13 Most Common Sports Injuries

13 Most Common Sports Injuries

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The Injury
When the Achilles tendon at the back of the heel is overused—a common problem in running—it becomes painfully inflamed, a condition known as acute Achilles tendinits. The inflammation can cause stiffness of the tendon itself, and if it’s not treated immediately, it can take months to heal.

How to Recover
To begin recovery, start with the RICE method, and take anti-inflammatory medications, like ibuprofen or Aleve, as needed to help reduce swelling and settle the area down. To prevent re-injury, work on strengthening your calf muscles, gradually increasing the intensity of your exercises.

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The Injury
The anterior cruciate ligament is located inside your knee joint and can be strained or torn by sudden stops or changes in direction. Women are particularly susceptible to this injury, due to a strength imbalance between the muscles in the front and back of the thigh.

How to Recover
Your initial steps after injury should be to rest and ice your knee to reduce inflammation.  While an ACL tear requires surgery, ACL strains can be treated through physical therapy designed to restore normal joint movement and strengthen the muscles around the knee. Exercises could include toe raises, partial squats and riding a stationary bike. 

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The Injury
We’ve all been there—you’re out trail running or maybe you’ve just caught a Frisbee and are landing, when suddenly you roll your ankle and feel that short, hobbling burst of pain. You’ve sprained your ankle, which means you tore the ligaments that connect the three bones forming your ankle joint. Ankle sprains are common in sports that require running on uneven ground, jumping or frequently changing direction. Research indicates this injury accounts for 15-30% of all sports injuries, and more than 23,000 happen daily across the U.S.

How to Recover
As soon as you feel pain, have a seat, take weight off of it and let it recover. Use the tried-and-true RICE method (rest, ice, compression and elevation) to start the healing process. To prevent re-injury, try staying off the injured ankle as much as possible for the first few days. After that, you can start gradually exercising it on a stationery bike, but know that it won’t fully heal for eight to 12 weeks. To prevent future sprains, perform exercises that strengthen your ankles and work on improving your balance by standing on one foot while you perform daily tasks.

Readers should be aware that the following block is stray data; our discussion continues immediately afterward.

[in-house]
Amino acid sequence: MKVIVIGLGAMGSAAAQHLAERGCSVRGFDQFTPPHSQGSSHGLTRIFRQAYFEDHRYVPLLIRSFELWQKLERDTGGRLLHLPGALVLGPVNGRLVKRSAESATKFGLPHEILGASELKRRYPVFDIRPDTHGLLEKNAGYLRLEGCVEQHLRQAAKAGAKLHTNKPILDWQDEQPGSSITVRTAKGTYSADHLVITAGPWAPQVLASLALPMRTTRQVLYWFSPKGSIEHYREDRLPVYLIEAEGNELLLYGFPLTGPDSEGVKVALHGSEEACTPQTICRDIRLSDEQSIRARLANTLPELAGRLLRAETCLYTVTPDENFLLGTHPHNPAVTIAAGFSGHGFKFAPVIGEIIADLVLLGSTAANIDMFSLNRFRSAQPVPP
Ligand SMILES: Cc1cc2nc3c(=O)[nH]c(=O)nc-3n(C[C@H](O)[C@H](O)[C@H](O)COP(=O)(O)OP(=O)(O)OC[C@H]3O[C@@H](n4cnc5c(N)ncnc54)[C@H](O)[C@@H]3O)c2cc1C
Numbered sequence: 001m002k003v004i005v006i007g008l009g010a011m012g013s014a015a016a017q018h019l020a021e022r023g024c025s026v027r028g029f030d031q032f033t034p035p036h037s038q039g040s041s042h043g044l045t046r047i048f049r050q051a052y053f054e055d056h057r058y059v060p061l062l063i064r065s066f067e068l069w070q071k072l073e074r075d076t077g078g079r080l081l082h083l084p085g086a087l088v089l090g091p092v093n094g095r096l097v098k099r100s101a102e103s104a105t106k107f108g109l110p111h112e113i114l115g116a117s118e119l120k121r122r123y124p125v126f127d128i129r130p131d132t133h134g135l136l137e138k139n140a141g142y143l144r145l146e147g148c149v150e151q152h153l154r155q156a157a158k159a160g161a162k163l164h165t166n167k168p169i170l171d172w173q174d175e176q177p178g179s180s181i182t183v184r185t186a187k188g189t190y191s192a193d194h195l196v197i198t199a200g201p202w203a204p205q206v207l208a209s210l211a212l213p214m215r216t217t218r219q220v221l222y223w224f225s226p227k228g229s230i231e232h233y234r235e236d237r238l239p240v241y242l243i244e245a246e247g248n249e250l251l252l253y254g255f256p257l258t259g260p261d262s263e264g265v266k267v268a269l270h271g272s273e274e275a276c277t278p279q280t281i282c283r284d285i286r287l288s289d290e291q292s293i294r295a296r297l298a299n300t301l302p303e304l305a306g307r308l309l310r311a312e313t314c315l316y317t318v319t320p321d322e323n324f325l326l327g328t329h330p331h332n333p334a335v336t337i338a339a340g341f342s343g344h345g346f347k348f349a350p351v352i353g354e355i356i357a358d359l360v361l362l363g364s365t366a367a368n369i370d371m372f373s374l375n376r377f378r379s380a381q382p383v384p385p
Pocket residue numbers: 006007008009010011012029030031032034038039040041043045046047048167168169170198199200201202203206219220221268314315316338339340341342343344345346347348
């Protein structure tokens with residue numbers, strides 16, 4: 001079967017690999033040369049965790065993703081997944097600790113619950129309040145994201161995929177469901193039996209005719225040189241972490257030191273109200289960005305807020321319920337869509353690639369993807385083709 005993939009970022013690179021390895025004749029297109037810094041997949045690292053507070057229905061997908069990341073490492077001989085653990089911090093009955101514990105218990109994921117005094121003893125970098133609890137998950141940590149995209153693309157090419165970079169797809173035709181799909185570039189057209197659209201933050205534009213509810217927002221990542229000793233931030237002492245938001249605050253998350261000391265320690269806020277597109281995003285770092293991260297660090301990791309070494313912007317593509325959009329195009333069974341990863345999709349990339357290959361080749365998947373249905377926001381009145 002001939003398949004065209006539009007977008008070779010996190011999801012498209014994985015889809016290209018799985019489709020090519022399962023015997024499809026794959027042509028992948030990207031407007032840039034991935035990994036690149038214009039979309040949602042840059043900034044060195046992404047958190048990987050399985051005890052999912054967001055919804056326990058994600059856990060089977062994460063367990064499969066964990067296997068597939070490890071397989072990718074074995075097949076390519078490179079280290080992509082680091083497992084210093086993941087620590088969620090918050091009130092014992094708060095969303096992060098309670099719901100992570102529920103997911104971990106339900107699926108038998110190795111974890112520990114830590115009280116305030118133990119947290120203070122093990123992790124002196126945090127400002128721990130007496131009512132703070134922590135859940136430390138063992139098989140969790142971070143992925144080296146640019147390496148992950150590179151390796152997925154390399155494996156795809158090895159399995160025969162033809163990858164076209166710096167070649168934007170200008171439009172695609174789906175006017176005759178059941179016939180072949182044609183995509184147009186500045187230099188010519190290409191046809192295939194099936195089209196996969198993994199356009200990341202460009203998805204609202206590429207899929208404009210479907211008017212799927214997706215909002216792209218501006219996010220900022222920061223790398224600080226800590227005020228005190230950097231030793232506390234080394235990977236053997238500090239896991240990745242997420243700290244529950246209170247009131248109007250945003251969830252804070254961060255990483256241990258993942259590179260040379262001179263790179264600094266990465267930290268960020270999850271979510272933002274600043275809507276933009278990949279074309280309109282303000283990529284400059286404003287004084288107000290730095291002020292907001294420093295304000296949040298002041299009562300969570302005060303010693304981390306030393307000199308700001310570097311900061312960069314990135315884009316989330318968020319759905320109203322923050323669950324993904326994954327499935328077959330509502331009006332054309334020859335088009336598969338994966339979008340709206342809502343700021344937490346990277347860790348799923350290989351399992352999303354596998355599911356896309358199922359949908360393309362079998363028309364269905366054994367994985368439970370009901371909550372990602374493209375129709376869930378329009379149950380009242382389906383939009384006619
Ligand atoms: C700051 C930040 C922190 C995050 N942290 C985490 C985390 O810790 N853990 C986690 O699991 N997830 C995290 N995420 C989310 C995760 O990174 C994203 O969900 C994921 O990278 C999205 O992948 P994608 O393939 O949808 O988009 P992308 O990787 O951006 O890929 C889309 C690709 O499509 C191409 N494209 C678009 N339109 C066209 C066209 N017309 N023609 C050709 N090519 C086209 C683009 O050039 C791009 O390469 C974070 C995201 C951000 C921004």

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The Injury
Concussions are common in contact sports, and happen when head trauma—a fall, say—causes the brain to knock against the inside of the skull, rattling the senses and causing a range of symptoms that include disorientation, headaches, nausea, dizziness, amnesia, loss of balance, difficulty concentrating, and vision problems.

How to Recover
Recovery is simple: rest. Preventing re-injury isn’t as simple. The only surefire bet is to avoid contact sports, and that’s not always an option for athletes. It’s smart to always wear a helmet. Stay off the field or away from risk of another knock until you fully recover, a process that can sometimes take weeks. Be sure to seek medical help if symptoms are severe; returning to sports before you’re healed runs the risk of second impact syndrome, a potentially fatal condition.

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The Injury
The adductor muscles in the upper thigh help the legs open and close. Sudden changes of direction require them to do this too quickly, and that’s when problems can occur. Sports like soccer, basketball, football, volleyball, hockey and racket sports often demand sharp cuts and stops, which can strain the groin muscles. Sharp discomfort, swelling and bruising of the inner thigh are common symptoms and, in severe cases, a groin strain requires crutches to help reduce the weight load.